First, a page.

This Week’s Comics: Anime Kids Coming of Age, a Memoir of the Future, and a Middle East Treasure Hunt – Slog

I spend a lot of time reading old newspapers and I will probably never stop being fascinated by the fact that human nature seems to be immutable.

For example, a few months ago I came across a weird mid-1930s fashion that graced newspapers across the country: Apparently there was a brief period when the pinnacle of comedy was composing “who is this lady?” jokes. Citizens would submit jokes to their local newspaper, which would collect them and print them like, “Who was that lady I saw you with last night?” “She wasn’t a lady, she was an elevator girl and let me down.” Or “who was this lady?” “She was not a lady, she was a waitress and served me well.”

After a while the jokers got tired of this form and it started to mutate into some weird nonsense: “Who was that lady I saw you with?” “It wasn’t a saw, it was a chisel.” And even more bizarre: “Who was that ladle?” “It wasn’t a ladle, it was a knife.”

This nearly century-old mutation of memes is virtually identical to how memes evolve today on Twitter – the only difference is that now it’s happening over a weekend, in instead of being dragged around for weeks by physical media. At one point in the film The Muppets take Manhattan the character Pete observes, “Peoples are peoples.” He is so right.

This week’s comics feature characters from very different times and places – Americans intersecting with Japanese culture, humans in a future apocalypse, and treasure hunters digging into the distant past. In every story, the peoples are the peoples. Thanks to Phoenix for helping sort out this week’s releases!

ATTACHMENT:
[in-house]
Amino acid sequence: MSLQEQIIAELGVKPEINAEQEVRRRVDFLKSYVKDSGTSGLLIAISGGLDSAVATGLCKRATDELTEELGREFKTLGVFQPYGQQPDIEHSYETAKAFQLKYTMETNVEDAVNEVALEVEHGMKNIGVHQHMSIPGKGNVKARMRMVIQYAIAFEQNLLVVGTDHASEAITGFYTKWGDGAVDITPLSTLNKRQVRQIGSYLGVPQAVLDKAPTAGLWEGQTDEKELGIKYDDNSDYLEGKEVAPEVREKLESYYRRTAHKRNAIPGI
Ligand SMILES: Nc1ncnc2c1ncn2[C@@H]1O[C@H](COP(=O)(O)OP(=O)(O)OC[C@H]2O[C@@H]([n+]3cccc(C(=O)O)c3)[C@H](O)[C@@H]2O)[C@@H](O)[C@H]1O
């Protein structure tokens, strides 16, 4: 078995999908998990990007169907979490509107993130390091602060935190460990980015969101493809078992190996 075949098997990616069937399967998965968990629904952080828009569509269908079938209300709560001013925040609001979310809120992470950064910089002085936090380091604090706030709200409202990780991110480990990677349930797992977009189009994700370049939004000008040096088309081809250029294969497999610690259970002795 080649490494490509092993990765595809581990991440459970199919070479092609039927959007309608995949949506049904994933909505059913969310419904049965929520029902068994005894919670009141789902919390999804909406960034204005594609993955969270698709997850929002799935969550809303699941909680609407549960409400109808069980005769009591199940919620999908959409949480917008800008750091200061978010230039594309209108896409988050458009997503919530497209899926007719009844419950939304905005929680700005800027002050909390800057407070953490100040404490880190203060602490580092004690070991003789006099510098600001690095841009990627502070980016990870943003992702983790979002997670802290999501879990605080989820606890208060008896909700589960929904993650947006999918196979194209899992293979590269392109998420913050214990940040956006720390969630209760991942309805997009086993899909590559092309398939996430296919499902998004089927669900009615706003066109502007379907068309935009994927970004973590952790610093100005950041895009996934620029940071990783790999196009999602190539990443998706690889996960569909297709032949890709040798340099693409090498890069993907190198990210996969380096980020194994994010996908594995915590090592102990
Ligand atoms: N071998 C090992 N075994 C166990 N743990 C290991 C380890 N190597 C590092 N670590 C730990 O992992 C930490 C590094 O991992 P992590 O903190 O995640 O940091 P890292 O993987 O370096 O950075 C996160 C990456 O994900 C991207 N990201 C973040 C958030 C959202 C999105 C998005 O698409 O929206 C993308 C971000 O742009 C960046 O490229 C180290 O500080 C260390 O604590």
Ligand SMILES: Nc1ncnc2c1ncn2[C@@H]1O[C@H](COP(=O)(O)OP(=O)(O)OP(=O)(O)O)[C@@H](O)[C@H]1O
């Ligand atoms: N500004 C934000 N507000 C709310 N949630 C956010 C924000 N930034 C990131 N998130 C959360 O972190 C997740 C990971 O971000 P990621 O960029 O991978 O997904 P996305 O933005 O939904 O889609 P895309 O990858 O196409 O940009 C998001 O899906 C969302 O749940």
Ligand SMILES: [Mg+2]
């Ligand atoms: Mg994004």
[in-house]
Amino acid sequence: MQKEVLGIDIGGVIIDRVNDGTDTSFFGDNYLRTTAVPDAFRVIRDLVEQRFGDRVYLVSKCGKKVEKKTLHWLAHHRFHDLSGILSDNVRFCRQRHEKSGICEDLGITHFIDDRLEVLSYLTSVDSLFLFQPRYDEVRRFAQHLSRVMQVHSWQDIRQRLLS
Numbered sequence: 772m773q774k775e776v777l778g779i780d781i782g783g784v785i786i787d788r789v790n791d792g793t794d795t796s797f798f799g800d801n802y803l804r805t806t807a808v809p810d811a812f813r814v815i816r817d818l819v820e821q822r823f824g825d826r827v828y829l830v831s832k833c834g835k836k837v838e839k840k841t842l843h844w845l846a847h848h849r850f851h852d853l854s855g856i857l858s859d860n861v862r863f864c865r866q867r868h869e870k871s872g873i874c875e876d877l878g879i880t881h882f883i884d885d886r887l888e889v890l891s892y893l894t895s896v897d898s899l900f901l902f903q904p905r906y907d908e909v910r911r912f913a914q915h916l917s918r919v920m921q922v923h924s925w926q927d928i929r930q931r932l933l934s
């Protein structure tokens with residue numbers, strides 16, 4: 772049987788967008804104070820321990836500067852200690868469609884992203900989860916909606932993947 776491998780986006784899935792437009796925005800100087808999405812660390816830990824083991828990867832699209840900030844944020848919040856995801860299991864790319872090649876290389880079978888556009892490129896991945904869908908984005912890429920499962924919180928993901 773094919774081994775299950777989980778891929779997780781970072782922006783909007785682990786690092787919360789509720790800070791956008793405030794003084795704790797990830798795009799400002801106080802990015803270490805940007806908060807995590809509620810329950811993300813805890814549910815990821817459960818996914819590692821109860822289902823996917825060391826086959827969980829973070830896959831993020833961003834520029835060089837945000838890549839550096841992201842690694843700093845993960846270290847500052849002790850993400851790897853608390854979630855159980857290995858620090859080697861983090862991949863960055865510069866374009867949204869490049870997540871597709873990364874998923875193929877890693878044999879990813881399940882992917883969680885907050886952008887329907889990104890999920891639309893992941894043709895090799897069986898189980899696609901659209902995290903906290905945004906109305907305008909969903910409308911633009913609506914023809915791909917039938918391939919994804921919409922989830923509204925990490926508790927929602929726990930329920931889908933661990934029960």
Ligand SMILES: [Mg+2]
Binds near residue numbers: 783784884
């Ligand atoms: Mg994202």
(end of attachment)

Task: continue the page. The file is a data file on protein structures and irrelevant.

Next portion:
I don’t mean this as a negative, necessarily, but coming of age stories tend to paint with similar colors. Settings can vary, but in the end, you’ll likely see the plot rhythms delivered in familiar palettes: budding romance that pits friend against friend; teens realize it’s okay to be their real myself; a gifted man who collapses and cries out to his parents “why don’t you ever ask me what I want ??? “To keep such stories fresh, an innovative twist is needed – American graffitithe very specific nostalgia for; Mary Tyler Moore plays the nasty mom in Ordinary people; Abducted as if by magic‘s enchantment, etc. I am happy to report that Weeaboo Masterfully captures the unease of American teens navigating impending adulthood against the backdrop of their shared obsession with Japanese pop culture. It is Freaks and Geeks in addition to manga! Three teenage friends approach their senior year with different flavors of drama, with their real angst contrasting with the anime tropes in their favorite media. One suffers with an emotionally abusive family, another struggles with an accidentally toxic romance, a third finds his darkness a burden. Everything is built on an anime convention that takes the place usually occupied by a graduation party in the third act; John Hughes would be proud.

Rating: 🎌🎌🎌🎌🎌 (5/5)
Written and illustrated by Alissa Sallah.